Sunday, September 3, 2023

The Painted Garden

tanya shatseva

i am surrounded by paintings and carvings and etchings and murals and sketches and tapestries and so on and so on, one after the other after the other, of trees and flowers and vines and bushes and ferns, etc. etc., ad infinitum, ad nauseum, in greens and reds and purples and yellows and pinks and purples and blues and-

You see them. Petals, leaves, vines - but no roots. You can't see them. Where are they?

The Painted Garden is a disease, a sort of graphomania carried by dungeon dwellers. It is contracted from the sort of cave lichen only the starving will taste.

; Shan the Elder called it a "most beautiful cancer." The compulsion to depict the Garden overrides all other inst

cave paintings in chalk and spit and oil. when the paint runs out, they turn to scratching with tools and nails. when the nails run out, they look for paint within

70% afflicted die from starvation in stage 1

stage 2: the afflicted reaches into a painting. they can eat the fruit, drink dew from leaves, sip nectar from flowers. though the fruit can be taken in the hand, it turns to black bile on Unafflicted tongues

idiot. you shouldn't have looked. never trust an artist. authors and musicians too; they're just talking about trees anyway.

20% afflicted are eaten by their companions in stage 2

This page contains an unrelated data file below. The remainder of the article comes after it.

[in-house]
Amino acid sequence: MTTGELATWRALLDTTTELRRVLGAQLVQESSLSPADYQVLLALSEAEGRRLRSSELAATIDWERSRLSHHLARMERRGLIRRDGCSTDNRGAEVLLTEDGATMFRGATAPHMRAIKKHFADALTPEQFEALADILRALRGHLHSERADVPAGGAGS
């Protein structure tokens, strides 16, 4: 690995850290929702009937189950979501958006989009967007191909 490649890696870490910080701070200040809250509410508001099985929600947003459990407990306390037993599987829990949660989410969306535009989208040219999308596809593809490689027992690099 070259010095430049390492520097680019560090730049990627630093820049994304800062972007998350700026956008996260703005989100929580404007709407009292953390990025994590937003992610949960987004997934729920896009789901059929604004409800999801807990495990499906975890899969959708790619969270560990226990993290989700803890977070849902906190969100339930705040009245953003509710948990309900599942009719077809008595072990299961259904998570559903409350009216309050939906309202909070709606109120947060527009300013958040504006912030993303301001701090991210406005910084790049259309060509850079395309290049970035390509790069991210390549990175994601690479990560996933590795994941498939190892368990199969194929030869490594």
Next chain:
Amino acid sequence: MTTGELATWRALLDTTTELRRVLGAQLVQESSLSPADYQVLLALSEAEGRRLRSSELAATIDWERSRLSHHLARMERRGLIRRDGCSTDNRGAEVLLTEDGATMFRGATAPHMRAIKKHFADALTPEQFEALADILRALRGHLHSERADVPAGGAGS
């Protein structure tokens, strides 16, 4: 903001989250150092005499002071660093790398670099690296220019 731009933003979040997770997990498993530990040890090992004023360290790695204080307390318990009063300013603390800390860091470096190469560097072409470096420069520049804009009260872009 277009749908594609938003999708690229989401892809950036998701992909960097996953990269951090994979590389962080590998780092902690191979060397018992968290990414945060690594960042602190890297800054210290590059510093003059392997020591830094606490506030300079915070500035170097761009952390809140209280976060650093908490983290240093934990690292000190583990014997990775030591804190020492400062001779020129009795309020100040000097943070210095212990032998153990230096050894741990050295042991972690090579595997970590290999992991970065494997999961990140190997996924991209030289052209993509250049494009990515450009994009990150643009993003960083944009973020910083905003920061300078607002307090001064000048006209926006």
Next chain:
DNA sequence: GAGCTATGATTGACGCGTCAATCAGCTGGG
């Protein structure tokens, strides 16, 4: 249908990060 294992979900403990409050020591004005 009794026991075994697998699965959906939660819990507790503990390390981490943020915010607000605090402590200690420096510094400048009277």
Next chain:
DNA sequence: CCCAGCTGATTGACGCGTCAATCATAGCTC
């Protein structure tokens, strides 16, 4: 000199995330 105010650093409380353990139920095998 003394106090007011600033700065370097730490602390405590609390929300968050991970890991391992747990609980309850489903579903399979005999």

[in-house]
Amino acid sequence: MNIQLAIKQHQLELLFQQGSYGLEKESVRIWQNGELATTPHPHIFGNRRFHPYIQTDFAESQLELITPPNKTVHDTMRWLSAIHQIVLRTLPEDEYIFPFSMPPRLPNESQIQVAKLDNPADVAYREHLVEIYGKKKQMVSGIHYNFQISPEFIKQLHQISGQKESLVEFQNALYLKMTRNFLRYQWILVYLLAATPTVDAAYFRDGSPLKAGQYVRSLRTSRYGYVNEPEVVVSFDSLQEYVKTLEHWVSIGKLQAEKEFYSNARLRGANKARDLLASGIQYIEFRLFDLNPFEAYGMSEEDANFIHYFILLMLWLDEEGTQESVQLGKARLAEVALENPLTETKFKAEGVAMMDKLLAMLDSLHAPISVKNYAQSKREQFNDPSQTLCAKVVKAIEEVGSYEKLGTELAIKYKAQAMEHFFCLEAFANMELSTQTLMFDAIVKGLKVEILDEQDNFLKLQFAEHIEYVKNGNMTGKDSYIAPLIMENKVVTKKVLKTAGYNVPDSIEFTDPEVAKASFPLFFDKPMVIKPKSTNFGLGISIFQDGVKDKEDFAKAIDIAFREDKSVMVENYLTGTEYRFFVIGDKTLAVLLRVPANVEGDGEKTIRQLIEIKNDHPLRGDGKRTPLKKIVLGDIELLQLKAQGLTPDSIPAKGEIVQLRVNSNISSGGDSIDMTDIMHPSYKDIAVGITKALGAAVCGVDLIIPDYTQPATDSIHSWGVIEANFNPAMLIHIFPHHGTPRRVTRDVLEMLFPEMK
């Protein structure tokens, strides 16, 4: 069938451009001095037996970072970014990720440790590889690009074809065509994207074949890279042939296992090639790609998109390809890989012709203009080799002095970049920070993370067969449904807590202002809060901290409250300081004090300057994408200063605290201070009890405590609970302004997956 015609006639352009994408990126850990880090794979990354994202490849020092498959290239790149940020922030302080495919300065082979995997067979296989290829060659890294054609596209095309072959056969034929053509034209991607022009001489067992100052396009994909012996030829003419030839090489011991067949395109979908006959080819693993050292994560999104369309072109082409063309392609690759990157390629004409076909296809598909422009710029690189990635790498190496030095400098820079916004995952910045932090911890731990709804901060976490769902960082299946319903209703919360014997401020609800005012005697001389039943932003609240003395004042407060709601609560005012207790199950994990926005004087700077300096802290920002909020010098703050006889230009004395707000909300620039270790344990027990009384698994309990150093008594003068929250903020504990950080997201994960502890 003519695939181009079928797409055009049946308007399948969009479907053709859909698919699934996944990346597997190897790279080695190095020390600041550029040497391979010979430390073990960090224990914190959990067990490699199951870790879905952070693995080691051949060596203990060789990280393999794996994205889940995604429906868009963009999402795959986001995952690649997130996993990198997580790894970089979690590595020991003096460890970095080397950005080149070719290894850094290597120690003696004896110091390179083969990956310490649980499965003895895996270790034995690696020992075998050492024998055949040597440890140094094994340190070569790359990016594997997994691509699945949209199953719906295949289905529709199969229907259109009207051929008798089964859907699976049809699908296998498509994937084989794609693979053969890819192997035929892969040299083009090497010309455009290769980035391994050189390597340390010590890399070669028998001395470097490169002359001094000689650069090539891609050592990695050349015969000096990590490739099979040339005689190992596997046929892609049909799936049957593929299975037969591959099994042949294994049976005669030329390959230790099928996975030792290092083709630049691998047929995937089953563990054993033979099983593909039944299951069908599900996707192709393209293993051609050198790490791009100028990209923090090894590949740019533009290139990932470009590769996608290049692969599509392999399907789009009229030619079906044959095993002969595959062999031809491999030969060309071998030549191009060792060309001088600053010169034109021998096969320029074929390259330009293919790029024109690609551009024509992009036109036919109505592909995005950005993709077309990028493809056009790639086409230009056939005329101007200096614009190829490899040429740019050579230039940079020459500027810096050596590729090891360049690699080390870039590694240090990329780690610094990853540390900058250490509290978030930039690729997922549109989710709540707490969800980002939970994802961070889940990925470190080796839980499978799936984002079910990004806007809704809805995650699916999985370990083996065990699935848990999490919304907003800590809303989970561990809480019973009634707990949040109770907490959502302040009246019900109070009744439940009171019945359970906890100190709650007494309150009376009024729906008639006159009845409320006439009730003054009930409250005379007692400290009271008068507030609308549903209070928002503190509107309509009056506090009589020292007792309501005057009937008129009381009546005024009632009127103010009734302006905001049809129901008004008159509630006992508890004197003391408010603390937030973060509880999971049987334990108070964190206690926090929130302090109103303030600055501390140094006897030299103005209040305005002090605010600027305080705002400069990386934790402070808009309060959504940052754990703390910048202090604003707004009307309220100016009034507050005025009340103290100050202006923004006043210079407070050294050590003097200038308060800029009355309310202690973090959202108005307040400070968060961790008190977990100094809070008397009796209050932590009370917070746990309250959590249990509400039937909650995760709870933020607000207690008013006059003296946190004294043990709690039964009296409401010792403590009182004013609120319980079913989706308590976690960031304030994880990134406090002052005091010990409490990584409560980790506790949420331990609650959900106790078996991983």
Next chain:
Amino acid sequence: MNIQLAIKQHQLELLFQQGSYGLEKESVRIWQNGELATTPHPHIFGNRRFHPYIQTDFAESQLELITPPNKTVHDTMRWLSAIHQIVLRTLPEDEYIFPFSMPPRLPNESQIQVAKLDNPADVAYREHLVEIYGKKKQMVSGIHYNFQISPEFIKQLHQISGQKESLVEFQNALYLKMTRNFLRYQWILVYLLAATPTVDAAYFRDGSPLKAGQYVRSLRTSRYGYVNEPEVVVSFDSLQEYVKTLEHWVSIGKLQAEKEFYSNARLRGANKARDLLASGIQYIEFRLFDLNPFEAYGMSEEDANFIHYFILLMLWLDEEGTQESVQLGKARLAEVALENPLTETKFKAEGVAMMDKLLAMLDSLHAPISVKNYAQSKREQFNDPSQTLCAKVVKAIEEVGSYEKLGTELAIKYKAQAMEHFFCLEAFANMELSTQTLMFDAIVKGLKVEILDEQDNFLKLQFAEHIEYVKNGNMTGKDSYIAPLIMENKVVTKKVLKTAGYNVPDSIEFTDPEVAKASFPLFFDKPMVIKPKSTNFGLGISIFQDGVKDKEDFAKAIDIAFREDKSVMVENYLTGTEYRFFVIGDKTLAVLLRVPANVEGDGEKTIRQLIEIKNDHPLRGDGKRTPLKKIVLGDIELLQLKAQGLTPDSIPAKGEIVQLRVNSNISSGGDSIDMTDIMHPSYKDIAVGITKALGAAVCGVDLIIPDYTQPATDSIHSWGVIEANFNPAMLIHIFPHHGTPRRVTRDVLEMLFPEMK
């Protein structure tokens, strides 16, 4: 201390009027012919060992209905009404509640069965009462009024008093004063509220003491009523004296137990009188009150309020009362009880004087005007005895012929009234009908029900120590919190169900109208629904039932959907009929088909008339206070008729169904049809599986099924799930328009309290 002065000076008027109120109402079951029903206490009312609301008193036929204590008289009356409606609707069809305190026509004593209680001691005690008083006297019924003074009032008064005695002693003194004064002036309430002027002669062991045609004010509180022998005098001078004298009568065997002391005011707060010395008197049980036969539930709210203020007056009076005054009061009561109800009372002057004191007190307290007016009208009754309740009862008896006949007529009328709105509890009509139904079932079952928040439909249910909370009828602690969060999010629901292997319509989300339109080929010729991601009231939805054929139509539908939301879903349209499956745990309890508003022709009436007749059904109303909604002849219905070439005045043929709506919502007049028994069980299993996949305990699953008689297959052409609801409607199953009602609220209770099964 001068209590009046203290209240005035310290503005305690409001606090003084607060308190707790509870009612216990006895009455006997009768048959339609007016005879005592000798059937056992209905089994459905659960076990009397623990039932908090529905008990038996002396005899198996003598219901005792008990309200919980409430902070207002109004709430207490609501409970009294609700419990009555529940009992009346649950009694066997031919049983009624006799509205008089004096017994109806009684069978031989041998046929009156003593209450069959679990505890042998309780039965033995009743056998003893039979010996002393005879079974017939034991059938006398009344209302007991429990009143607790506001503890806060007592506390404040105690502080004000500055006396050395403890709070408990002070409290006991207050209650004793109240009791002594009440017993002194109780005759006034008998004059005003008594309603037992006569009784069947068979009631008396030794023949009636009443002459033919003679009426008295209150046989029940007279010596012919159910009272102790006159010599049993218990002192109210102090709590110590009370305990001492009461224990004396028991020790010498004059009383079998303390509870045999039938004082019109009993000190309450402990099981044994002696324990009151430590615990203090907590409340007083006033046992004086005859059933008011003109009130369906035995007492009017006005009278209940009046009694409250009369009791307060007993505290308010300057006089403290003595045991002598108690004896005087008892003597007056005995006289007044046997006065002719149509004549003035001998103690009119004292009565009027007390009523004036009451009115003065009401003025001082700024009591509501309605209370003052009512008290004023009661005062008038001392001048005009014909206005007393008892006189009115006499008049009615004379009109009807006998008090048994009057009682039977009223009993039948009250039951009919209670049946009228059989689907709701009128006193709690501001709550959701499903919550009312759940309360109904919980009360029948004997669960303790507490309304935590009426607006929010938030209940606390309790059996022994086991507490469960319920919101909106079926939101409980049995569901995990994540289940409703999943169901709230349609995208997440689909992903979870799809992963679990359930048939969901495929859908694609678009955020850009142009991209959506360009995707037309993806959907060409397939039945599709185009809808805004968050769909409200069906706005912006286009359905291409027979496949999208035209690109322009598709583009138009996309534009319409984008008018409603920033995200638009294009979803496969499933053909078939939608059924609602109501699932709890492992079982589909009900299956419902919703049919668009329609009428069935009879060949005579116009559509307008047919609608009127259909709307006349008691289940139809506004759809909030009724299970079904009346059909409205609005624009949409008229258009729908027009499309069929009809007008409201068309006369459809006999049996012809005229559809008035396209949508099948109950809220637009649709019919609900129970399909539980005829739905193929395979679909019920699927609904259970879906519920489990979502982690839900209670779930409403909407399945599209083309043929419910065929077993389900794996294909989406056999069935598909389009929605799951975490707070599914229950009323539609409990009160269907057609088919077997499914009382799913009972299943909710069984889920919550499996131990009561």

stage 3: a psychic parasite in full bloom. the roots go deep, behind the eyes. you, the afflicted, can step into the Painted Garden, although little is known about

take the stairs past the blue lilies sunflowers; keep going; under the overgrown bridge; left then left; plug your ears; wade thru green poppies lotus roses yellow; there is the Tree the tree the Tree
take the fruit - purple pink pomegranate

often return with food - black oranges, blue venison. It all tastes terrible, but Below, whole communities can pop up around this kind of food source. And the more afflicted in an area, the more the Painted Garden grows.


Painter - stats as mercenary; can step into a painting, then emerge from another 1d4 turns later (1/day). the destination must be within line of sight or in the same dungeon.

Poet - stats as scholar; 1d10 (conjure strangling vines from throat); can step into spoken word or song, disappearing for 1d4 turns (1/day). While disappeared, the sound ricochets sourcelessly from room to room at a rate of 1 room/round.